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Motivation is a photography blog that discusses the creative aspects of photography. The posts will include thoughts about images and their interpretation, photographers and their work, technique, workflow, my ongoing projects, and perhaps even the occasional off topic rant.

When Color Becomes Black And White

As I have been working on my flower photographs, I have found that some images just seem to 'work' in black and white.  And I have found that it can sometimes be difficult to predict when that is going to be the case.  What I have therefore been doing is to take photos where the flowers have interesting forms and shapes and quickly try a black and white conversion.  By that I mean spending 60 seconds on it, or, at times, just looking at it in Lightroom by hovering over a series of  black and white presets that I have, even though I don't do my conversions in Lightroom (I use the Silver Efex Pro plug in for Photoshop......not that you can't do a great conversion in Lightroom....you can). If one of these quick exercises look promising, then I will start over and spend the amount of time needed to really work on getting the conversion I would like. This generally involves first making a color image with good color and tonal separation (which might mean that it doesn't look the way I would particularly want the finished color version to look), spot it, and convert to black and white with Silver Efex Pro.  I then generally work on local areas of the image with curves and, more recently, both curves and a dodge and burn layer.

To illustrate, below are three color images.  Two of them did not seem to 'work' for me in black and white.  I force myself to 'give up' when I find I am really pushing and pushing and can't make it work.  Which one became the one with a black and white conversion that 'worked' and will become part of my black and white botanical project? Don't cheat.....scroll down slowly and just look at the color images first! See what you would predict.  The black and white versions with my opinion are further on down.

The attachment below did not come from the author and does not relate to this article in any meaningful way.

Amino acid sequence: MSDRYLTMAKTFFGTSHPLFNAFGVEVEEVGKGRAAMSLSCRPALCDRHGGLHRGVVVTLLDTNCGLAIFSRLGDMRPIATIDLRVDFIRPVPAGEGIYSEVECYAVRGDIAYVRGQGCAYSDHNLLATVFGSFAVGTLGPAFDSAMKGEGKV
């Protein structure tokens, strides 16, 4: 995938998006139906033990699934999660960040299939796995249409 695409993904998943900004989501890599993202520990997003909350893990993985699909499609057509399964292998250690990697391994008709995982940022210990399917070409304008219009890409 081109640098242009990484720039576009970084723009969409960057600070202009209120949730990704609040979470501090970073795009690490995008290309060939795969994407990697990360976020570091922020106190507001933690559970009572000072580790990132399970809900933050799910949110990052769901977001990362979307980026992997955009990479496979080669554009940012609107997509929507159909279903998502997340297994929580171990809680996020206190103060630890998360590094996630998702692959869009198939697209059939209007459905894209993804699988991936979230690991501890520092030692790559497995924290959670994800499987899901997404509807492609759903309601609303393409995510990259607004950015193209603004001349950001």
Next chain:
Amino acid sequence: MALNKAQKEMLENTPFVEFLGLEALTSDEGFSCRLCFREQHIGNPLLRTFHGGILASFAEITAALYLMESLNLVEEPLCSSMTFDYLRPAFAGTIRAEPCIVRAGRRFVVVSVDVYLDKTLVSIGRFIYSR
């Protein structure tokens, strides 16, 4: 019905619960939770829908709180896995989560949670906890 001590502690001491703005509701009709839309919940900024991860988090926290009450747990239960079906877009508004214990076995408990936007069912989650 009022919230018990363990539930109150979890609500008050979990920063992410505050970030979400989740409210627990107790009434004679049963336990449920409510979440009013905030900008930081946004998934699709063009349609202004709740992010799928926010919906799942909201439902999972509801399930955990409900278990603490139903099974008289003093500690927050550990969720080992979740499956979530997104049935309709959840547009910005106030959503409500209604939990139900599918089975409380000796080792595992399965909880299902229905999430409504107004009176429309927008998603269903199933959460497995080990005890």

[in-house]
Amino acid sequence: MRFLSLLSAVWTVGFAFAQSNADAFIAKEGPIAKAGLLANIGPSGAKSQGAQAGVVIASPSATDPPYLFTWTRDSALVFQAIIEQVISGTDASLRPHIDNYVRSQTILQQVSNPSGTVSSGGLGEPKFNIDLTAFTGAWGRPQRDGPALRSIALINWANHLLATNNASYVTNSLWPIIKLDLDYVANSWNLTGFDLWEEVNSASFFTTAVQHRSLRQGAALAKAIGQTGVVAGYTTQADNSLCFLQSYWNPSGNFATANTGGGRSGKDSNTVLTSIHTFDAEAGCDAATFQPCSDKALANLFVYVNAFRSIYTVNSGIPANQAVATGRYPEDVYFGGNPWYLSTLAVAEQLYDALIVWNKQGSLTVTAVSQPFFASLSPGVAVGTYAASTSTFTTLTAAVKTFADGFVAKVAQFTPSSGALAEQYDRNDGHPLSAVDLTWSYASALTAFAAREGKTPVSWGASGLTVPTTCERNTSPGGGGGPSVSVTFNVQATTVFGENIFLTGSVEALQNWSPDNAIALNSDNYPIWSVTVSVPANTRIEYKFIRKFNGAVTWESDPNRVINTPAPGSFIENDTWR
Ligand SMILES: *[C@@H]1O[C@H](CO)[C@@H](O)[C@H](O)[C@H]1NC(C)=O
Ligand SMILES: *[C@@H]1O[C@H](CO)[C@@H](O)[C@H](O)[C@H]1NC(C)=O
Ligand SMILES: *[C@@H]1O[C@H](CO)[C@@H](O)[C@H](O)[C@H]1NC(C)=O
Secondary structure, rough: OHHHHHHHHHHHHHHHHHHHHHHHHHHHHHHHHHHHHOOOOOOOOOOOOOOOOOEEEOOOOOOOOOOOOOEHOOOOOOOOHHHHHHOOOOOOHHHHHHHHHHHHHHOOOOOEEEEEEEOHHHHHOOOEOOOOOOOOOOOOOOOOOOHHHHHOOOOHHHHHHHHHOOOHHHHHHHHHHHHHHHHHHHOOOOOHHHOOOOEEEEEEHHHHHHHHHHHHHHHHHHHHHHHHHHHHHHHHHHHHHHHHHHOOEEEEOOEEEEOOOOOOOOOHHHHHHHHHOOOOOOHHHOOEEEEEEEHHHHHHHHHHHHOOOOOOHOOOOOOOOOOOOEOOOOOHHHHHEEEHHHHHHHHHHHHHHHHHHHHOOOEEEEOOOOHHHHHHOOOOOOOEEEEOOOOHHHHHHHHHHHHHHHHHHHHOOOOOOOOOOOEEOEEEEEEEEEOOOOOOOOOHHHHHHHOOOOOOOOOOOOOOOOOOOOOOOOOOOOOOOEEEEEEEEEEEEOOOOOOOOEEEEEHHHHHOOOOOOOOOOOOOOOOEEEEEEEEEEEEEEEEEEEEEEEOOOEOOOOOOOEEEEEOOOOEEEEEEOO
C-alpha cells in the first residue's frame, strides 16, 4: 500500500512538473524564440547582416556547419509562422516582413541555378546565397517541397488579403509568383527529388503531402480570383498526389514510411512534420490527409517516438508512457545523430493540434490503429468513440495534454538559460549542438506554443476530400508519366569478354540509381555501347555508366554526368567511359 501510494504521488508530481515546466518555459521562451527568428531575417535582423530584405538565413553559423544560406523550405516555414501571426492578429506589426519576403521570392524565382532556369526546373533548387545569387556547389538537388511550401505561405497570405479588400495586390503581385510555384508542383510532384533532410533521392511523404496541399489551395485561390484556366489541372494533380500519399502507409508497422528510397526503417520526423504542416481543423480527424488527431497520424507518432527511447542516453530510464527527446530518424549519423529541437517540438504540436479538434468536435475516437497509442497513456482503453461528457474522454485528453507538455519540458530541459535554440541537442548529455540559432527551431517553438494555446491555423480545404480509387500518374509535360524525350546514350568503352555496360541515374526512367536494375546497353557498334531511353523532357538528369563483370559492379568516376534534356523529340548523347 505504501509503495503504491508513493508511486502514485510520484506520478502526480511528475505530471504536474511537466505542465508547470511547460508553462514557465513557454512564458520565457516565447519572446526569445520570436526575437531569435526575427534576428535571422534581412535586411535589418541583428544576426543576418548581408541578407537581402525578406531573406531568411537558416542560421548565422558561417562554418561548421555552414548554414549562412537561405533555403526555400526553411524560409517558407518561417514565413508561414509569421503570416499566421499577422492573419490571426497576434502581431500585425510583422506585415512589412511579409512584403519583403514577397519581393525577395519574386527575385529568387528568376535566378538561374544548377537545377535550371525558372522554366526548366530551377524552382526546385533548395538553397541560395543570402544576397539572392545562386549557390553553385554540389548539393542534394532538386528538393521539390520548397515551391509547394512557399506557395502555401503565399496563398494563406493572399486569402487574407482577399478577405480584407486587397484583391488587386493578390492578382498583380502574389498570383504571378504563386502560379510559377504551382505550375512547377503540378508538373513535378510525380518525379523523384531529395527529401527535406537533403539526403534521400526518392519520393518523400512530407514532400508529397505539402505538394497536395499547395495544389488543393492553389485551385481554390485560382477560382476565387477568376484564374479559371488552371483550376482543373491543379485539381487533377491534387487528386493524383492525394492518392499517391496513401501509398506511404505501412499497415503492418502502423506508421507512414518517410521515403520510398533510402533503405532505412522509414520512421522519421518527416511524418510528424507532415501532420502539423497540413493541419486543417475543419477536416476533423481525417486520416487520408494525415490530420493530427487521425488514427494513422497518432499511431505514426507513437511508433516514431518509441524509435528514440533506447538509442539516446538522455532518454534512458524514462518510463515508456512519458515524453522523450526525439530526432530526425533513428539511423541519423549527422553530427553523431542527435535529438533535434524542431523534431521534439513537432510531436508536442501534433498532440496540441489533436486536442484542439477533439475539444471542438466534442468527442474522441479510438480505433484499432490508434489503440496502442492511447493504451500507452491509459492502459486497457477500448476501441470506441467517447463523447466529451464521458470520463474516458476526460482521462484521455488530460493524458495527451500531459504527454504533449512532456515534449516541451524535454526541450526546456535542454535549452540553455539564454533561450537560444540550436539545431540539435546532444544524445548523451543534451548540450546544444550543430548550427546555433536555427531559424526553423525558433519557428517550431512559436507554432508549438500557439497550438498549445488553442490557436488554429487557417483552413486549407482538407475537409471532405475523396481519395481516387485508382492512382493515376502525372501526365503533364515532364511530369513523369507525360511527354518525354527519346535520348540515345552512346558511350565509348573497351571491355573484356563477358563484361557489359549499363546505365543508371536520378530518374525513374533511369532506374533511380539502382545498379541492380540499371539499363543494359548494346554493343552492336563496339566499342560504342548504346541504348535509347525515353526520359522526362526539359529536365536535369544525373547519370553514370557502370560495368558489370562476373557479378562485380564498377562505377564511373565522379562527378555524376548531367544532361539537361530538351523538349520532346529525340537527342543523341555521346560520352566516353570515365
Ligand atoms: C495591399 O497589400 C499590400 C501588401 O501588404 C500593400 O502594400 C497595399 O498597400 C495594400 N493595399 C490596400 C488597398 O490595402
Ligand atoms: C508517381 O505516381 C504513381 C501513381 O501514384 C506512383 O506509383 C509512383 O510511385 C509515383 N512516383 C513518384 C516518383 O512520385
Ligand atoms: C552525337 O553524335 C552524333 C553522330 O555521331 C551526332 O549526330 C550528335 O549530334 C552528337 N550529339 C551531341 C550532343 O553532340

Trillium erectum forma luteum

Copyright Howard Grill

About Face

Copyright Howard Grill

Orchid

Copyright Howard Grill

And now for the black and white versions:

Trillium erectum forma luteum

Black and White Version

Copyright Howard Grill

The image above (Trillium erectum forma luteum) is the one that 'works' for me in black and white.  There is a nice range of tones and contrasts, from the black background to the dark center with white petals and gray leaves.  I liked it as soon as I saw it.

Aas for the two black and white images below........they don't seem to work for me.  They don't have a wide enough tonal range with enough contrast and they are not going to be included in my collection. However, I wasn't sure of this before I made the conversion.

Both images are ones that I learned a lesson with.  I liked the color versions and kept spending time 'pushing' to make a black and white version that I liked.  But it just wasn't working.  My lesson was that when it comes to these conversions you will generally know pretty quickly if it is going to work in black and white.  If the time you are spending isn't fine tuning, but, rather a continued effort to make the black and white version work....well, there is a reason for that!

About Face

Black and White Version

Copyright Howard Grill

Orchid

Black and White Version

Copyright Howard Grill